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To Infinity and Beyond with the Geometric Distribution

See if this sounds fair to you. I flip a coin.

pennies

Heads: You win $1.
Tails: You pay me $1.

You may not like games of chance, but you have to admit it seems like a fair game. At least, assuming the coin is a normal, balanced coin, and assuming I’m not a sleight-of-hand magician who can control the coin.

How about this next game?

You pay me $2 to play.
I flip a coin over and over until it comes up heads.
Your winnings are the total number of flips.

So if the first flip comes up heads, you only get back $1. That’s a net loss of $1. If it comes up tails on the first flip and heads on the second flip, you get back $2, and we’re even. If it comes up tails on the first two flips and then heads on the third flip, you get $3, for a net profit of $1. If it takes more flips than that, your profit is greater.

It’s not quite as obvious in this case, but this would be considered a fair game if each coin flip has an equal chance of heads or tails. That’s because the expected value (or mean) number of flips is 2. The total number of flips follows a geometric distribution with parameter p = ½, and the expected value is 1/p.

geometric distribution with p=0.5

Now it gets really interesting. What about this next game?

You pay me $x dollars to play.
I flip a coin over and over until it comes up heads.
Your winnings start at $1, but double with every flip.

This is a lot like the previous game with two important differences. First, I haven’t told you how much you have to pay to play. I just called it x dollars. Second, the winnings grow faster with the number of flips. It starts off the same with $1 for one flip and $2 dollars for two flips. But then it goes to $4, then $8, then $16. If the first head comes up on the eighth flip, you win $128. And it just keeps getting better from there.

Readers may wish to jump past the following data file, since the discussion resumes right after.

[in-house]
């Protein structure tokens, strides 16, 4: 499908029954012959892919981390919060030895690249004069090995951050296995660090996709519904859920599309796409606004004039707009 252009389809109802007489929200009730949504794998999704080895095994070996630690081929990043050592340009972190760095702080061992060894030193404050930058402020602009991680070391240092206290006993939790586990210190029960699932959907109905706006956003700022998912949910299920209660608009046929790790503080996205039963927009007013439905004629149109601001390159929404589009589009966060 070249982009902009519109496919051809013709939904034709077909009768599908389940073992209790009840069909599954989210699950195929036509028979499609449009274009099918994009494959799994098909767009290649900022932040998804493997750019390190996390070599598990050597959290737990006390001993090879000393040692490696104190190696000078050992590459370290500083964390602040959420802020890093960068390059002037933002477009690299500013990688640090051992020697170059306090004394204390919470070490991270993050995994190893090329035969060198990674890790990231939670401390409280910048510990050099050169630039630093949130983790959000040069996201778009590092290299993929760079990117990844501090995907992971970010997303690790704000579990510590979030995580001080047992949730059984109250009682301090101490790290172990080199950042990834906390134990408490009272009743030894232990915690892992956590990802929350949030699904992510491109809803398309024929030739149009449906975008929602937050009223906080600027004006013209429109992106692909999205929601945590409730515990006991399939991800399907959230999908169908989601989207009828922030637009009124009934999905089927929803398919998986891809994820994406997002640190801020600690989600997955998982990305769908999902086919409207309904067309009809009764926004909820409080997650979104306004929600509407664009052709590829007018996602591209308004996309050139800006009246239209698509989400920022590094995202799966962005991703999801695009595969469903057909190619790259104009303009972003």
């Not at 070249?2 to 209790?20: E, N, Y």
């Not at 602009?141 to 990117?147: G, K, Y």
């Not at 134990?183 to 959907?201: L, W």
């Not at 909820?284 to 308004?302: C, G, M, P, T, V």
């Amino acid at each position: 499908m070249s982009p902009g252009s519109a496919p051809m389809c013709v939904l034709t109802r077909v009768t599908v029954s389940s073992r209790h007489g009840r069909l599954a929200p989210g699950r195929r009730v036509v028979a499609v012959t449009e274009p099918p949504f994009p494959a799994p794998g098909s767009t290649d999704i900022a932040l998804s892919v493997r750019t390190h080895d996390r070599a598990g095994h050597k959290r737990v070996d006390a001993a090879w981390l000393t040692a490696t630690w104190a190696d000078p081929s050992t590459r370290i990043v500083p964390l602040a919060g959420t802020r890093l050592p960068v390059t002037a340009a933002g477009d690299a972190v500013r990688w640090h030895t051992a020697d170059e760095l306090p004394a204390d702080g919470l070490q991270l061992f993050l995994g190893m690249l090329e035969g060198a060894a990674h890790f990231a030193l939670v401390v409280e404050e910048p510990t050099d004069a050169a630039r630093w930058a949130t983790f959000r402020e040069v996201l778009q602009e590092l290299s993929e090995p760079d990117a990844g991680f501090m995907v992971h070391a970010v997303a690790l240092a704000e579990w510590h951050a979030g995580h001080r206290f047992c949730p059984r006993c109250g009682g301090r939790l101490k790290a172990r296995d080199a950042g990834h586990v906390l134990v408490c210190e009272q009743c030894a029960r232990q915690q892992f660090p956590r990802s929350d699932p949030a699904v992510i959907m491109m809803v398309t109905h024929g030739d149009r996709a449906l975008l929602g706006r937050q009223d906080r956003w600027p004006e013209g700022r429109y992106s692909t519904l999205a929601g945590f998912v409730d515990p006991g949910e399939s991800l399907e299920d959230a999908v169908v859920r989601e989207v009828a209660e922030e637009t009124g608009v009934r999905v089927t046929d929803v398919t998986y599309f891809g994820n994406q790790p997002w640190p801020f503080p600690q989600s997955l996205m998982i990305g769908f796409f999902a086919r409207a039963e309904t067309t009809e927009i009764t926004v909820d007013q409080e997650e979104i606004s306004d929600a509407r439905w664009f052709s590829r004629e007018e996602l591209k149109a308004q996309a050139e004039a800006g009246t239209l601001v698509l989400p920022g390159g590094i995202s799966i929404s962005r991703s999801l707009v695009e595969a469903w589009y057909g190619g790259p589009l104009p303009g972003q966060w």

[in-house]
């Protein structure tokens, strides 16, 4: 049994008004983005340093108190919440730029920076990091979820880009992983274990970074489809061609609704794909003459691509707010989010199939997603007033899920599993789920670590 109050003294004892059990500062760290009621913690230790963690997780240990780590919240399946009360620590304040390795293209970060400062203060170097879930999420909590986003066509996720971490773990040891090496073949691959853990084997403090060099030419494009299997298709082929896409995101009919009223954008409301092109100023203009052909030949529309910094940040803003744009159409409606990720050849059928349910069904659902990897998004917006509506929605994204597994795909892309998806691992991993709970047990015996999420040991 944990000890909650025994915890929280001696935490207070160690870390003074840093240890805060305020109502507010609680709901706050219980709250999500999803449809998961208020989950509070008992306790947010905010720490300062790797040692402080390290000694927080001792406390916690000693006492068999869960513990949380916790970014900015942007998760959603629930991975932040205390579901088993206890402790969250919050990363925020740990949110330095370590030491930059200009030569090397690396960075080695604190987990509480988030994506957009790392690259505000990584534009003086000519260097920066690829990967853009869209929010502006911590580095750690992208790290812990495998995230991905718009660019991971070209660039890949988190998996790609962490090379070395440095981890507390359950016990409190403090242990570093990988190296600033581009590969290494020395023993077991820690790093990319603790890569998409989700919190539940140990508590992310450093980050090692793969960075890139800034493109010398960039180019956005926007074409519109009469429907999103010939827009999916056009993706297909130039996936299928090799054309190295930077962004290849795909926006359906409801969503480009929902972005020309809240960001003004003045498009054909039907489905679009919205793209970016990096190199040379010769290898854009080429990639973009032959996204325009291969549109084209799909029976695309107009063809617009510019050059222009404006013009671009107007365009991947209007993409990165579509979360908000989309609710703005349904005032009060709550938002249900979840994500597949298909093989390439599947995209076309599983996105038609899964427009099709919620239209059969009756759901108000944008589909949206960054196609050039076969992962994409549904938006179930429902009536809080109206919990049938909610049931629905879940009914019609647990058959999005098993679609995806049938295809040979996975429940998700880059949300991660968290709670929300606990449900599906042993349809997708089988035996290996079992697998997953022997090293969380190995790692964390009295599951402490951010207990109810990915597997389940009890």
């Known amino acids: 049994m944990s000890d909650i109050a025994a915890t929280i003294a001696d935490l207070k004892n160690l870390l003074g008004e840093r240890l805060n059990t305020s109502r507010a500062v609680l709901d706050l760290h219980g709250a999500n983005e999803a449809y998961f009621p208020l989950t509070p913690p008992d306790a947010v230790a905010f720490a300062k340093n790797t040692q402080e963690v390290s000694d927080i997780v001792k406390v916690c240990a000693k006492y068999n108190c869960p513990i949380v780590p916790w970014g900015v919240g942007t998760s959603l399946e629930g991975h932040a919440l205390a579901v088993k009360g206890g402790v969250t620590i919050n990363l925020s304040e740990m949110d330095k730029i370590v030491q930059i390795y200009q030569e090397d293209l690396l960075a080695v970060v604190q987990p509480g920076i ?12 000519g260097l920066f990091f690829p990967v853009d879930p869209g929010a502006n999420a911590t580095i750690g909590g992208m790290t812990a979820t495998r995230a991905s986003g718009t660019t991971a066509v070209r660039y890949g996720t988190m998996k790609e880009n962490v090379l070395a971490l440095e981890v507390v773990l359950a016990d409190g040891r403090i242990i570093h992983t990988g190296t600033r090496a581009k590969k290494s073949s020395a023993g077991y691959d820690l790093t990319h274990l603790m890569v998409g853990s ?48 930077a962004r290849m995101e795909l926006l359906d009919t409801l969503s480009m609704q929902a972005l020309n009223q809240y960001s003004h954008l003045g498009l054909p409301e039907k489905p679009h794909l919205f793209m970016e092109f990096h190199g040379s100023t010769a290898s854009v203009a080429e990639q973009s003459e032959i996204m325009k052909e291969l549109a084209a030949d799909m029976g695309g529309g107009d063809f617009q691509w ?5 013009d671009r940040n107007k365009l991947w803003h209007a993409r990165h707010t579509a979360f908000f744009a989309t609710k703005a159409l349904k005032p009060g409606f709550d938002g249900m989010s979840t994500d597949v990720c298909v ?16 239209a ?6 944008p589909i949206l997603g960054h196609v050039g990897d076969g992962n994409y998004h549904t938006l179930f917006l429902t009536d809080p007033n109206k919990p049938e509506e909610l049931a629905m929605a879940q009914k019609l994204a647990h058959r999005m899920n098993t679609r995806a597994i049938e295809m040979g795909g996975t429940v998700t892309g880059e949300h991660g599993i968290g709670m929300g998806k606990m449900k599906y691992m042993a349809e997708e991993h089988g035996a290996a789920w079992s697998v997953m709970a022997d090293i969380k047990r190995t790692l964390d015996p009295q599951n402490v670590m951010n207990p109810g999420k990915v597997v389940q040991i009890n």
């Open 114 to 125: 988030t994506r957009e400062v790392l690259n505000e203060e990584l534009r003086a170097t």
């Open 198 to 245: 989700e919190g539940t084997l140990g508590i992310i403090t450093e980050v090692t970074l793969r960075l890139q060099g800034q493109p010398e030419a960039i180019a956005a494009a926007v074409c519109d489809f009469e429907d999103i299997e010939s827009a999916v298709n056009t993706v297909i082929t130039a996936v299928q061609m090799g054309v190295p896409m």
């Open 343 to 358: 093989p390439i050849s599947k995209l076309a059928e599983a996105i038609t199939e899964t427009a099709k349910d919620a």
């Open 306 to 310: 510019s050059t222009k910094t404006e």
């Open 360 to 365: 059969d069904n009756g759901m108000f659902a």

So what’s a fair price to play this game? Well, let’s consider the expected value of the winnings. It’s $∞. You read that right. It’s infinity dollars! So you shouldn’t be too worried about what x is, right? No matter what price I set, you should be eager to pay it. Right? Right?

I’m going to go out on a limb and guess that maybe you would not just let me name my price. Sure, you’d admit that it’s worth more than $2. But would you pay $10? $50? $100,000,000? If the fair price is the expected winnings, then any of these prices should be reasonable. But I’m guessing you would draw the line somewhere short of $100, and maybe even less than $10.

This fascinating little conundrum is known as the Saint Petersburg paradox. Wikipedia tells me it goes by that name because it was addressed in the Commentaries of the Imperial Academy of Science of Saint Petersburg back in 1738 by that pioneer of probability theory, Daniel Bernoulli.

The paradox is that while theory tells us that no price is too high to pay to play this game, nobody is willing to pay very much at all to play it.

What’s more, even if you decide what you're willing to pay, you won't find any casinos that even offer this game, because the ultimate outcome is just as unpredictable for the house as it is for the player.

The paradox has been discussed from various angles over the years. One reason I find it so interesting is that it forces me to think carefully about things that are easy to take for granted about the mean of a distribution.

Such as…

The mean is a measure of central tendency.